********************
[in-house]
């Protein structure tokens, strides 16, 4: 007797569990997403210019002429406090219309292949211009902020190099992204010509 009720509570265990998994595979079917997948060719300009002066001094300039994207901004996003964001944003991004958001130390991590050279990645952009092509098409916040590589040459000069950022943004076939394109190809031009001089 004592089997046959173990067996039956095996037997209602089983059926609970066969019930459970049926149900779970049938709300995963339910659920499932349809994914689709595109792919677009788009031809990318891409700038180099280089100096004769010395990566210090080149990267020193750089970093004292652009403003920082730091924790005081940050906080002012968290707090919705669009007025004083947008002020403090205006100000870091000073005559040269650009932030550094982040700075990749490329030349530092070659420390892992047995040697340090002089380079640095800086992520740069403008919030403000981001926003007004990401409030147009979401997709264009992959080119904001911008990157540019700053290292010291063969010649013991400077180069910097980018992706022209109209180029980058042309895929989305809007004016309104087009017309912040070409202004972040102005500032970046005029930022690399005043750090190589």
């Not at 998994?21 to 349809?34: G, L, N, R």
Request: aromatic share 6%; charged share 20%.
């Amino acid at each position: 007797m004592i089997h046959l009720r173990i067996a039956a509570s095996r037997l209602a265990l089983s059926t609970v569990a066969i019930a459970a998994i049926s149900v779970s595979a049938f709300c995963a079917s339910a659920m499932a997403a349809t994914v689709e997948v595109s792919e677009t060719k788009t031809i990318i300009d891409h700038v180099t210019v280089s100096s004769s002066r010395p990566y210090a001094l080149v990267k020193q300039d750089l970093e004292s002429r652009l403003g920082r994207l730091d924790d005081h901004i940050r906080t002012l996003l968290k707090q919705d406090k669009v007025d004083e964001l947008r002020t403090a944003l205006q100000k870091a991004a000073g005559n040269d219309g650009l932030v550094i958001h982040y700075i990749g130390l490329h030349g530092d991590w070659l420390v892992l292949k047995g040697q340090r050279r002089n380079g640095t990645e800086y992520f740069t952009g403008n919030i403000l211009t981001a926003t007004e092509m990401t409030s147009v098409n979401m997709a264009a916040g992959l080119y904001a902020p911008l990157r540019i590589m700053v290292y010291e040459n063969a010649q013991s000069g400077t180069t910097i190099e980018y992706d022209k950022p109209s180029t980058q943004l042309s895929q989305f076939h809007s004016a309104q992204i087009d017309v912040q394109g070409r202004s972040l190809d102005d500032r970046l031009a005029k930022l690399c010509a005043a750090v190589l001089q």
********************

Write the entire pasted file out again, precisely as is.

[in-house]
């Protein structure tokens, strides 16, 4: 007797569990997403210019002429406090219309292949211009902020190099992204010509 009720509570265990998994595979079917997948060719300009002066001094300039994207901004996003964001944003991004958001130390991590050279990645952009092509098409916040590589040459000069950022943004076939394109190809031009001089 004592089997046959173990067996039956095996037997209602089983059926609970066969019930459970049926149900779970049938709300995963339910659920499932349809994914689709595109792919677009788009031809990318891409700038180099280089100096004769010395990566210090080149990267020193750089970093004292652009403003920082730091924790005081940050906080002012968290707090919705669009007025004083947008002020403090205006100000870091000073005559040269650009932030550094982040700075990749490329030349530092070659420390892992047995040697340090002089380079640095800086992520740069403008919030403000981001926003007004990401409030147009979401997709264009992959080119904001911008990157540019700053290292010291063969010649013991400077180069910097980018992706022209109209180029980058042309895929989305809007004016309104087009017309912040070409202004972040102005500032970046005029930022690399005043750090190589």
């Not at 998994?21 to 349809?34: G, L, N, R």
Request: aromatic share 6%; charged share 20%.
């Amino acid at each position: 007797m004592i089997h046959l009720r173990i067996a039956a509570s095996r037997l209602a265990l089983s059926t609970v569990a066969i019930a459970a998994i049926s149900v779970s595979a049938f709300c995963a079917s339910a659920m499932a997403a349809t994914v689709e997948v595109s792919e677009t060719k788009t031809i990318i300009d891409h700038v180099t210019v280089s100096s004769s002066r010395p990566y210090a001094l080149v990267k020193q300039d750089l970093e004292s002429r652009l403003g920082r994207l730091d924790d005081h901004i940050r906080t002012l996003l968290k707090q919705d406090k669009v007025d004083e964001l947008r002020t403090a944003l205006q100000k870091a991004a000073g005559n040269d219309g650009l932030v550094i958001h982040y700075i990749g130390l490329h030349g530092d991590w070659l420390v892992l292949k047995g040697q340090r050279r002089n380079g640095t990645e800086y992520f740069t952009g403008n919030i403000l211009t981001a926003t007004e092509m990401t409030s147009v098409n979401m997709a264009a916040g992959l080119y904001a902020p911008l990157r540019i590589m700053v290292y010291e040459n063969a010649q013991s000069g400077t180069t910097i190099e980018y992706d022209k950022p109209s180029t980058q943004l042309s895929q989305f076939h809007s004016a309104q992204i087009d017309v912040q394109g070409r202004s972040l190809d102005d500032r970046l031009a005029k930022l690399c010509a005043a750090v190589l001089q």